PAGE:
Albers as receiver of the Moore State Bank of Monticello attempts to enforce in favor of his trust estate a pledge of certificates of stock for 180 shares of Illinois Joint Stock Land Bank by Moore to the bank made on May 14, 1928. On that date Moore borrowed $25,000 from the bank and assigned the shares as collateral security for the payment of his loan. The bank was closed on February 18, 1933, and thereupon the receiver was appointed and qualified. The $25,000 note has been kept alive by renewals, and there is now due to the receiver of the bank upon the obligation $35,841.37. It is urged by the Government that this assignment of stock was invalid as against the lien of the United States for the reason that it was not recorded on the books of the company issuing the stock; that under the Federal Statute the Illinois Joint Stock Land Bank had a right to provide by its by-laws how stock could be transferred. The evidence is that in the by-laws, it was provided that transfers of the stock should be valid only if recorded on the books of the company. Therefore, says the Government, the assignment to the bank, not being so recorded and being secret, is void as against the lien of the United States. The reply of Albers is that an assignment of a chose in action, made in good faith prior to the attachment of the lien of the United States, is valid in Illinois. There is no question that this is the rule. But the Government's position is that the federal statute works a different result and that the Illinois law is not controlling.
A similar question arose in Exchange National Bank v. Davy, D.C., 13 F. Supp. 226, 228. There an equitable lien arose by assignment of a trust estate prior to the attachment of the lien. It was not recorded. The Government insisted that its lien, therefore, took precedence, but the court overruled the contention, saying: "In the instant case, the equitable lien arose by the assignment of the trust, and the trust property consisted of a chose in action, not real property, when given. No recording was required of such an assignment. The assignment became effective upon the trustee when notice of it was given; the beneficiary could not have effectively assigned the trust property to another after the first assignment, because the trustee, the legal title holder of the trust property, would have been bound to respect the first assignment. When the government filed notice of the tax lien, such lien attached to the trust property, subject to the rights of the assignee, the plaintiff herein. * * * A contract creating an equitable lien, when not a legal mortgage, cannot be affected by failure to record as a mortgage, as required by the laws of a state to render it enforceable against creditors or purchasers without notice. Chattanooga Nat. Bank v. Rome Iron Co., C.C., 102 F. 755."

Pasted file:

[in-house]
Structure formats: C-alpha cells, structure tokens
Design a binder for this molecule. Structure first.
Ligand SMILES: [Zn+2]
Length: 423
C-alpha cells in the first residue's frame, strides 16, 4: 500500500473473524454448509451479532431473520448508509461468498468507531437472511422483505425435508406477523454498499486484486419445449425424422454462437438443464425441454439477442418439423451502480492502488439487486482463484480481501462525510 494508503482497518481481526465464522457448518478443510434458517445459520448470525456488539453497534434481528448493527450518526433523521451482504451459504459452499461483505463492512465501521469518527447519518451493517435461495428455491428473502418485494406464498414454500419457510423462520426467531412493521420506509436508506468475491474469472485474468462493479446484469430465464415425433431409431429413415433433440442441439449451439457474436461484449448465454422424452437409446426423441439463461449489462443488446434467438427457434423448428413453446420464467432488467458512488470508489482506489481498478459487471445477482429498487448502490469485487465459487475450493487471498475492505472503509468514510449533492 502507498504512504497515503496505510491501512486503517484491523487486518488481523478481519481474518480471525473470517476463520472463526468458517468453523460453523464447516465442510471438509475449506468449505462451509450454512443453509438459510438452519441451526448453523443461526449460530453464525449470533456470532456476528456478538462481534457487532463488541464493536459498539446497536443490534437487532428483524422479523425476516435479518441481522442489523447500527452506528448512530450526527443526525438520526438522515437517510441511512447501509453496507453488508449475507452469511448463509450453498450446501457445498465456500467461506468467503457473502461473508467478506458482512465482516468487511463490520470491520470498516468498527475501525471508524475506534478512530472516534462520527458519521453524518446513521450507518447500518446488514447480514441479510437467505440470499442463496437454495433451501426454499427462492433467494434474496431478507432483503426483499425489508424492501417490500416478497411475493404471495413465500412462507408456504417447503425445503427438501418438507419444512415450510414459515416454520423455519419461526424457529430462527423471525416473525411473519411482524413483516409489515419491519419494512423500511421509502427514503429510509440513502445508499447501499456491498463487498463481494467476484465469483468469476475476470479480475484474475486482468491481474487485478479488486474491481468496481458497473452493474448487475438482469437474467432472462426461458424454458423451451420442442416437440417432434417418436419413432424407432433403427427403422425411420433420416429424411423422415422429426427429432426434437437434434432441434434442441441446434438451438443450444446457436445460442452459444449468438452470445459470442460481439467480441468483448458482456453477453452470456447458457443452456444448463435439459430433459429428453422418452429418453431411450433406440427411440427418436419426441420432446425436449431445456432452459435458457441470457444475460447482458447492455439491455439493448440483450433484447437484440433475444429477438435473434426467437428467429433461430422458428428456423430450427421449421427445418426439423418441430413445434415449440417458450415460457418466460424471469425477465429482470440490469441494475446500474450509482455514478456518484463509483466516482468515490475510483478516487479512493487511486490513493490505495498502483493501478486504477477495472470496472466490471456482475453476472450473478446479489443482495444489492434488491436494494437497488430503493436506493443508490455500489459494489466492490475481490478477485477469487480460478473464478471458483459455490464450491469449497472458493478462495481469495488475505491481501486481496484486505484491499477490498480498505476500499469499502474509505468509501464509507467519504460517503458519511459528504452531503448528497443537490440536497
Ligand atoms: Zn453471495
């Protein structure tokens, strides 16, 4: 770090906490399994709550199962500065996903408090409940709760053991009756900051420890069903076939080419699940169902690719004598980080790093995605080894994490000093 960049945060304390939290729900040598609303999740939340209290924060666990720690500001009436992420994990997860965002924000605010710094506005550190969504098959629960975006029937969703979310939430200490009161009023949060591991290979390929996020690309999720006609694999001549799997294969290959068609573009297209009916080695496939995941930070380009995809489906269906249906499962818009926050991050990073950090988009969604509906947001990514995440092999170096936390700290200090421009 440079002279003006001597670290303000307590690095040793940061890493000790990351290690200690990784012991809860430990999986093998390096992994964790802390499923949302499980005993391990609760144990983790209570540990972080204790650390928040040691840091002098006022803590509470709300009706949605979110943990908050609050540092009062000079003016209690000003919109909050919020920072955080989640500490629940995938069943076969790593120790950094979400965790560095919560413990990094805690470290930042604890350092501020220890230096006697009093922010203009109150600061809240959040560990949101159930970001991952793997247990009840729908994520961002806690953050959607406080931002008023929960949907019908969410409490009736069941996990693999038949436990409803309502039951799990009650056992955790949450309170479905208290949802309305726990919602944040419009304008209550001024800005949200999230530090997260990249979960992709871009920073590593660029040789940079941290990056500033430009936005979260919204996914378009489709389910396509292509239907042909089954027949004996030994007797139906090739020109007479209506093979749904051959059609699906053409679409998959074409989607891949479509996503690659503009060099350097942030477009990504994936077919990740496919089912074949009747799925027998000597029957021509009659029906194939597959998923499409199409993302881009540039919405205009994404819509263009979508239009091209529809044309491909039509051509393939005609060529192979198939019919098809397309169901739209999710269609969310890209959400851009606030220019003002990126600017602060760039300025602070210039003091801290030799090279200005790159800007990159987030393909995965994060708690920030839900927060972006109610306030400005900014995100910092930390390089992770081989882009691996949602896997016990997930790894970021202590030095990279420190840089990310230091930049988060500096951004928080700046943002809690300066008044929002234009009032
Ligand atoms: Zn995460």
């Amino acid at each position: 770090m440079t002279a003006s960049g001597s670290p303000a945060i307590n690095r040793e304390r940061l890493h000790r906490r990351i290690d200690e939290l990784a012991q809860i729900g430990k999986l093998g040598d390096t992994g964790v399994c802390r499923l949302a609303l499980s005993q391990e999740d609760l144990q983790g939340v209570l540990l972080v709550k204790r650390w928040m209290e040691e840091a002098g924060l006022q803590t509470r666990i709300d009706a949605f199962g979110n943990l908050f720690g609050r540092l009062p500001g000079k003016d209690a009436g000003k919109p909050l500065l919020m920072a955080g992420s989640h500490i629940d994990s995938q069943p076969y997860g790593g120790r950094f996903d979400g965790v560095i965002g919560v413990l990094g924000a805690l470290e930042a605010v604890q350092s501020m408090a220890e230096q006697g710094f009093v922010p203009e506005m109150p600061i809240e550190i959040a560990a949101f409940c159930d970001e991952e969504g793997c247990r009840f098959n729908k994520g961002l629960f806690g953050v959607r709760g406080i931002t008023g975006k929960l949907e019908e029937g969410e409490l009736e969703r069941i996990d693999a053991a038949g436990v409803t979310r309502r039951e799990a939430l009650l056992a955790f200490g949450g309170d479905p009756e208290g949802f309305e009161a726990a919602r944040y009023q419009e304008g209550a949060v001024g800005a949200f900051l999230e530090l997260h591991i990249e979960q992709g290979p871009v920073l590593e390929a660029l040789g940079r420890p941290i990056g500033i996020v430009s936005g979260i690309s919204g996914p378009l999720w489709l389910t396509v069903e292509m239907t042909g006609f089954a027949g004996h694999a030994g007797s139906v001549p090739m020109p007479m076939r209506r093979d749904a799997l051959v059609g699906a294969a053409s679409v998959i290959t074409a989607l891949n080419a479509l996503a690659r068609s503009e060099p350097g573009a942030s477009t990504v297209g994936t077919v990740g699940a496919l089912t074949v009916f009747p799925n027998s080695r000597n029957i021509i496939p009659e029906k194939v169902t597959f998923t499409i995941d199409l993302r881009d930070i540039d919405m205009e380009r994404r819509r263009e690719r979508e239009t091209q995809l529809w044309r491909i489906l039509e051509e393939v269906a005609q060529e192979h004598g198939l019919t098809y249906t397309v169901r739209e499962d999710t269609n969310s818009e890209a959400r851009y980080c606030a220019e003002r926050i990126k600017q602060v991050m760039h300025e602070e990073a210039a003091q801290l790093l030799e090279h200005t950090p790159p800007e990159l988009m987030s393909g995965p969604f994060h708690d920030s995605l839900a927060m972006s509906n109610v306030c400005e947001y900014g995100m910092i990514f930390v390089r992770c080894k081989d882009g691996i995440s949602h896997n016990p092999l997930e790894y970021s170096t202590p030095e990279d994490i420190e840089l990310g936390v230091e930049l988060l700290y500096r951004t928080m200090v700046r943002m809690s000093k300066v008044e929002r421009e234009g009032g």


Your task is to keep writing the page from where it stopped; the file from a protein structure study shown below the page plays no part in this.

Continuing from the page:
Similar in its reasoning is United States v. Beaver Run Coal Co., 3 Cir., 99 F.2d 610, though it must be observed that there the mortgage had been recorded prior to the attachment of the lien of the Government. The weight of authority is stated, in 9 Corpus Juris Secundum, Banks and Banking, p. 1102, § 581, as follows:
"The negotiability or transferable quality of the stock of a national bank depends on the laws of the United States and cannot be controlled by state statutes and decisions, although the legal capacity or power of a particular person to make a disposition or transfer of such stock may be governed by state law.